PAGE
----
After a brief stop at the Dwarven Castle to drop things off with the fattest possible chocobo, it’s time to head to the Feymarch! To do that, I’m sure we’ll have to penetrate a cunning illusion that hides this mystical land, surely secreted away from mortal voyagers, kept behind a veil of – oh, we just fly due west for a couple of minutes and then land on an island.
I suppose this at least answers the question of how Rydia got underground to save the party before, although how she crossed all of that lava is a different question. Maybe she’s a really good jumper.
The Passage of the Eidolons looks a lot like the Sylph Cave but with its colors swapped; to its credit, that actually feels very different and ominous. Lots of hard-hitting enemies in here, but that’s to be expected, since we’re not supposed to actually be here until later in the game. (Probably. Sidequests, you know how they go.) At least we no longer have to deal with Malboros and constant Sleep effects, although the Confusion that can be tossed around is pretty annoying.
Here we are, back at the tower again, assaulting it in the hopes of accomplishing… something. I’m not entirely clear on what the heroes plan to actually do here. On one level, we’re sort of chasing Rubicante, or Edge certainly is; on another level, it’s one of those situations wherein the plot has stepped back to allow the player to keep moving forward based solely on what’s available to access. Since the Tower of Babil features rather prominently in Golbez’s plan, I suppose anything that involves us screwing with it is probably a good thing.
It is neat that you see this tower from two sides, though, with this run starting closer to the top while the previous one started at the bottom. Edge helpfully ninja-moves us into the tower proper, and the group can start heading toward… wherever Rubicante is now. Hey, maybe he he still has the crystals! That would be a good thing. Let’s go with that as our motivation, then.
The road to the Tower of Babil is a long one. Part of that is because it is not, strictly speaking, a road; it’s a layer of solid rock over rivers of magma. Another part of that is that it is not a tourist destination. Much as I like the idea of dwarven groups riding little dwarven tour buses back and forth, sending postcards that read “LALI-HO FROM THE TOWER OF BABIL,” that’s not what happens.
I keep getting my hopes up, but it’s time to face fact.
After a fairly long trek, the dwarven tanks are finally visible, opening fire on the tower as a distraction tactic. That’s enough distraction for the group to slip in on the bottom floor, rushing toward the obviously advanced facility suspended over a river of lava. The casual presence of technology feels a bit disconnected, but it’s also an interesting echo of the endgame portions of Final Fantasy I, a world far bigger than the pseudo-medieval setting that has seemed fairly stable up until now.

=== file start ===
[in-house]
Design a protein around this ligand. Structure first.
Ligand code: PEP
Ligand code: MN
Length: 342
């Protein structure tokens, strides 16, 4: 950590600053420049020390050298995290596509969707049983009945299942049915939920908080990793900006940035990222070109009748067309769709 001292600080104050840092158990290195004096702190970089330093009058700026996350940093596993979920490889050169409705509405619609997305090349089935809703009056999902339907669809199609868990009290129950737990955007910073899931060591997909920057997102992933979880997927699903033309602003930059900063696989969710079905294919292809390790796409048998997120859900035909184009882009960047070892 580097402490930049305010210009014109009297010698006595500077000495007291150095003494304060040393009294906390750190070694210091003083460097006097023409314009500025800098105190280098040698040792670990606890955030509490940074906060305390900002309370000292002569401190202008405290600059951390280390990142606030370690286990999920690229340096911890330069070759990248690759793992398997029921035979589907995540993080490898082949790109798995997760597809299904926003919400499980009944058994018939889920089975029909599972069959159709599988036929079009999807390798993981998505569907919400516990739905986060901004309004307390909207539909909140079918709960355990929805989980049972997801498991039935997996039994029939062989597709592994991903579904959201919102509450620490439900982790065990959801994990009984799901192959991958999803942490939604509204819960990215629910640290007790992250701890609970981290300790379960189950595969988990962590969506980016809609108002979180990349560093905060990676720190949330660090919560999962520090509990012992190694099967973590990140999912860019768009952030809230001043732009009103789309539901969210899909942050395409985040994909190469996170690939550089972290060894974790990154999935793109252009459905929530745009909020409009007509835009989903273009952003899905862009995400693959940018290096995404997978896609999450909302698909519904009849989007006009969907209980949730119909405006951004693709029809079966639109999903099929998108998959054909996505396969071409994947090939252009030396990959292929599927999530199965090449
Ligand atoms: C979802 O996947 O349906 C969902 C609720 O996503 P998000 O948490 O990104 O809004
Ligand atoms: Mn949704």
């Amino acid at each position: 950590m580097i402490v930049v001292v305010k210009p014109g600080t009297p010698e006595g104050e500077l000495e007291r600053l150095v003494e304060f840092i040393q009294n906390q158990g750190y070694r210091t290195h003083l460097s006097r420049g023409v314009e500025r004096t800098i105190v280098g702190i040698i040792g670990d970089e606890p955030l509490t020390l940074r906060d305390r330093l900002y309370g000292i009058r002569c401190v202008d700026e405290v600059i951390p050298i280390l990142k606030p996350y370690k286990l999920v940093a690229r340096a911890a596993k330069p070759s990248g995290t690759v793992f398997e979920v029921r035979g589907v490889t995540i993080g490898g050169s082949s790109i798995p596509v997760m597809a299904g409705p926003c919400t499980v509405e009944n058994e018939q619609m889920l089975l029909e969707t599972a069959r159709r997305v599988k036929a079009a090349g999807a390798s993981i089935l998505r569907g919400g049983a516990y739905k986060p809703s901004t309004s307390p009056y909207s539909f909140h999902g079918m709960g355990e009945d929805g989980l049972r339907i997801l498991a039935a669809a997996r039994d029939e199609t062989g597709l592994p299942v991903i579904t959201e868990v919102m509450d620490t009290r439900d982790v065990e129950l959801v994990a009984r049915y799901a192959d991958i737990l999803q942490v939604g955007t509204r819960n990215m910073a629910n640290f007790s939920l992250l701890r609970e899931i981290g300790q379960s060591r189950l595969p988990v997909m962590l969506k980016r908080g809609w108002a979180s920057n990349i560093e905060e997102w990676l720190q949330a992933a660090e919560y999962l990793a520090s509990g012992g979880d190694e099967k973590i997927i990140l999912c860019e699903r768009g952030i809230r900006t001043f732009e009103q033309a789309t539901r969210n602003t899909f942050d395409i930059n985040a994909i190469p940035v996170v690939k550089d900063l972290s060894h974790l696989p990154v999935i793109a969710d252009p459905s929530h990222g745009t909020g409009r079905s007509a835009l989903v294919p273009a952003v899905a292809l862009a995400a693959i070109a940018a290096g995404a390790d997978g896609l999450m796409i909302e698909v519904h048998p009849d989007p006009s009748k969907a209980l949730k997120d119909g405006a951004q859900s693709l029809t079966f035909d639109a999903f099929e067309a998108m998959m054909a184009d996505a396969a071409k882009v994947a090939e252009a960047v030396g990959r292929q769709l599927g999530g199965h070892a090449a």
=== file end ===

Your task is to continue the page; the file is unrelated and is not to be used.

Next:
Apparently, collecting all of the Crystals will open the path to the moon, which Golbez thinks is super important. Kain also has the Magma Stone, which he’s sure can be used to enter the Underworld, although he’s not sure how or when or why or any of that stuff. That’s some real good thinking there, Kain. Cid is undeterred, however, claiming the group can just fly around on the Enterprise until they find the right place.
I would have thought the Enterprise got destroyed when the Tower of Zot collapsed, but apparently it has a plot-specific autopilot that brought it back to Baron.
Everyone goes to sleep for the night, I assume in the same bed, and then it’s off to find the next place we have to go. Of course, if you’d already explored and found the town where everyone is apparently part dwarf, you can probably piece together what you have to do next. Time for a quick restock and then a trip to a weird little village with a pit!
While we’ve already had to ditch all of our metallic equipment (i.e. most of the good equipment we’ve got) just to approach the stupid dungeon, there’s one more hoop to jump through – reaching it. That means a trip way to the north to pick up a chocobo capable of crossing rivers, something that’s only vaguely hinted at by the game. It’s easy to miss the very existence of these chocobo forests, so that doesn’t help matter. And, unfortunately, there’s no way to just bring the airship up to the darn thing…
Anyhow. The net upside is that you have to catch a Black Chocobo, which will allow you to fly over, land in the forest, and then get moving. No idea how we’re getting back, but that’s how these things go. Tellah and Yang are quite confident that this cave shouldn’t pose a problem despite the fact that the other half of the party does, in fact, make use of metallic stuff. Also, there’s the fact that Tellah barely has enough MP to sustain casting for long. Also, Yang is kind of terrible. Neither of them thought this plan out at all.